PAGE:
Muslim women are also seen excelling in all other sporting and outdoor competitions.
Rio de Janeiro: Since London 2012 Summer Olympics games, the world witnessed how things are starting to change in favor of the Muslim women through sports.
The last Olympics games in London recorded the highest number of female Muslim athletes who participated. It’s also inspiring to note that some of these participants have successfully won a medal.
In the upcoming Rio Olympics, the number is expected to further increase, and countries, which have never been represented in the top sporting event will eventually, have their representative.
The trend is not only observed during the Olympics, Muslim women are also seen excelling in all other sporting and outdoor competitions.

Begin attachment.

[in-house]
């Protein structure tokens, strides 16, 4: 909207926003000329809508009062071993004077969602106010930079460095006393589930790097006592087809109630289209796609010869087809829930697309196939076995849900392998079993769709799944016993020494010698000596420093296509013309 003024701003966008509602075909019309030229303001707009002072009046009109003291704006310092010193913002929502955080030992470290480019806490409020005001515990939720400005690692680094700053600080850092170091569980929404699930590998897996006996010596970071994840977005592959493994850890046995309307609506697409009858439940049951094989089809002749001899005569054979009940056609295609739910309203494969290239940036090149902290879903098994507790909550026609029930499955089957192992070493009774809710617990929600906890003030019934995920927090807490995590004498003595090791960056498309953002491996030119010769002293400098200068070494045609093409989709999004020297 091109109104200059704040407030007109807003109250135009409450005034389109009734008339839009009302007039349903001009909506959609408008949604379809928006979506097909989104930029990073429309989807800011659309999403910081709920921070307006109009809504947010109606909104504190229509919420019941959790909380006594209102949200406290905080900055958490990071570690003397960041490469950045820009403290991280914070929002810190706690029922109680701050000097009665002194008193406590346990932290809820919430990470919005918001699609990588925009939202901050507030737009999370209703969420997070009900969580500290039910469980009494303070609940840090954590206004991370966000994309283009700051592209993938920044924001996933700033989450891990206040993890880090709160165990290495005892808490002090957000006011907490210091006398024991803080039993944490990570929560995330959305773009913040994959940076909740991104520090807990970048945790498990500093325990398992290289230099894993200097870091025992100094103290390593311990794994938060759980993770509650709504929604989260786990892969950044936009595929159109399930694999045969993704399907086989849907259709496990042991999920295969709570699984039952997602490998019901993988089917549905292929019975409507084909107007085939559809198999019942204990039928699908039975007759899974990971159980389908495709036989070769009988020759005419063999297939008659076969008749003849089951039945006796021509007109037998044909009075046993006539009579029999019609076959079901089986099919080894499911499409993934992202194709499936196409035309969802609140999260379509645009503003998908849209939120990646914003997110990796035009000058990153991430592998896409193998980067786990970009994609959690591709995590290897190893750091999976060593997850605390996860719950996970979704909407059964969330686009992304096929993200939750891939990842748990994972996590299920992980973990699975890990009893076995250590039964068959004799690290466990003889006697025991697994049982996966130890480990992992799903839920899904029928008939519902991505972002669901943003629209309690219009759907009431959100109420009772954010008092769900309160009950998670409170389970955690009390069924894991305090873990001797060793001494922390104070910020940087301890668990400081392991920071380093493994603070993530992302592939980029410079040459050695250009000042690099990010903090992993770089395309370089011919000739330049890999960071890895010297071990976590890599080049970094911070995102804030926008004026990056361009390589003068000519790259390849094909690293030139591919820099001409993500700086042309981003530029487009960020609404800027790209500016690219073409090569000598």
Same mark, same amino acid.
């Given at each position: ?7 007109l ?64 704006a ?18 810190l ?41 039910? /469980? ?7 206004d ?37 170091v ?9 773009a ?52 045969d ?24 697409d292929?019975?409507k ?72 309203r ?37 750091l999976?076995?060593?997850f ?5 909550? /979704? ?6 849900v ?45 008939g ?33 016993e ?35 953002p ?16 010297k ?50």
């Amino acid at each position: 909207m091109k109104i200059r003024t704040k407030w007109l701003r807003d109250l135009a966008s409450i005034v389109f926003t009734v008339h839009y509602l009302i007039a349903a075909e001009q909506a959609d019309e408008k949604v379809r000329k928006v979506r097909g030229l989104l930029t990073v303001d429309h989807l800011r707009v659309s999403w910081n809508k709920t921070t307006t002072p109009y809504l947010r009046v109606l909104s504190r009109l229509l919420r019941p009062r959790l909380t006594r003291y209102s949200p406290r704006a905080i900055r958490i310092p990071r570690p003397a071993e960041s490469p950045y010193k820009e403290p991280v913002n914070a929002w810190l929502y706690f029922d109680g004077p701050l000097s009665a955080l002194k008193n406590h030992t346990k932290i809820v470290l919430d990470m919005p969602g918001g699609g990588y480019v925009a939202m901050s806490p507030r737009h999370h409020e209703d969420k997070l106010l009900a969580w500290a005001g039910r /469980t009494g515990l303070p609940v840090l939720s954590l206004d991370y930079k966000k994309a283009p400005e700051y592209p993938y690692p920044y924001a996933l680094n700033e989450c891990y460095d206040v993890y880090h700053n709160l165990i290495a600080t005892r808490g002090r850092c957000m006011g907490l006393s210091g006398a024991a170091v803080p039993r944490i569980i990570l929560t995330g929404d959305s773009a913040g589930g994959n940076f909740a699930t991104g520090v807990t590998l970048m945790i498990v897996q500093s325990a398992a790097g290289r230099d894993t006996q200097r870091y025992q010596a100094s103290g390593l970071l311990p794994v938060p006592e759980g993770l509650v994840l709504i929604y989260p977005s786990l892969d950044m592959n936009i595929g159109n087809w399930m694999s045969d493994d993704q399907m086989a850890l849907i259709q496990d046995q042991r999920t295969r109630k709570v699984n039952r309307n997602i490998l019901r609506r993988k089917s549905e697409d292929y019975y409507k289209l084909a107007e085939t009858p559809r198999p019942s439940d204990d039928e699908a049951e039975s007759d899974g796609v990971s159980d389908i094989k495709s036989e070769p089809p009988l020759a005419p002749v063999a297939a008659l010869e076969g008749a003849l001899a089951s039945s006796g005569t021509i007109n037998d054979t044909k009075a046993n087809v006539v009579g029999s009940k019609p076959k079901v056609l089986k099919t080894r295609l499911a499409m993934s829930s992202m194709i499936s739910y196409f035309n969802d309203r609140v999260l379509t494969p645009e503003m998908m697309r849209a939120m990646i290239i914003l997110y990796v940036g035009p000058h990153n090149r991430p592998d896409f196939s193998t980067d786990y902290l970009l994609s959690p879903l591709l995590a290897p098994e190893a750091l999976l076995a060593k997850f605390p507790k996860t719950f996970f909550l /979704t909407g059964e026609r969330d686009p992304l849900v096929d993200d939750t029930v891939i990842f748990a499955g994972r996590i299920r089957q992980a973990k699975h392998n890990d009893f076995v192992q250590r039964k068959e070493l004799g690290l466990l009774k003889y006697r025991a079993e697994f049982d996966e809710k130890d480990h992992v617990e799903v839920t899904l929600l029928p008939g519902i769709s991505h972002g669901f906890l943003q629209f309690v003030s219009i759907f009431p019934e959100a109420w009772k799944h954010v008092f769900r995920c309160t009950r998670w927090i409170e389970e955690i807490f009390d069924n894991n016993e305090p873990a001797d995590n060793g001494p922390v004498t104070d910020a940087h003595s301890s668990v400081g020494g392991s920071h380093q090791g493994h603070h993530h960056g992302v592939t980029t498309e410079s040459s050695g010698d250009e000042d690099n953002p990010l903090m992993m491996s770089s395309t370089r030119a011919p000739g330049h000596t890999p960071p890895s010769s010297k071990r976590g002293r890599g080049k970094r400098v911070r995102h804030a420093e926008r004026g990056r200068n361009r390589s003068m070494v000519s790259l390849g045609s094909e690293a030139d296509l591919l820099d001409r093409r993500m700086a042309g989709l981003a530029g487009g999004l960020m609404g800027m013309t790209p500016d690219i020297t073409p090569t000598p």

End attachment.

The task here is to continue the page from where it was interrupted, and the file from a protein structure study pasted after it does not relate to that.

Here are some of the women athletes who challenged life and are trying to change the role of Muslim women.
Starting with a 2016 Rio Olympics qualifier, Amna Al Haddad is proud of being the very first athlete to represent UAE in the Olympics and other international weightlifting events.
Though raised in the United States, Kulsoom Abdullah represents Pakistan in most of her local and international competitions. Abdullah is considered to be a pioneer when it comes to Muslim women who are engaged in weightlifting. Additionally, she made history by legally fighting to be the first woman to wear a hijab during competition.
When she was just 16, Woujdan Ali Seraj Abdul Rahim Shahrkhani made headlines for being the first female athlete to represent Saudi Arabia in the 2012 London Olympics in the Judo/Martial Arts.
From a former graphic designer, Mona Seraji has pursued her passion and is now called as Iran’s snowboard ambassador.
Shinoona Salah al-Habsi, represented Oman in the 2012 London Olympics. Though she did not won a medal that time, she is determined to get back and eventually become the champion.
In addition to all these, Raha Muharraq is the very first Saudi woman to successfully reach the summit of Mt. Everest.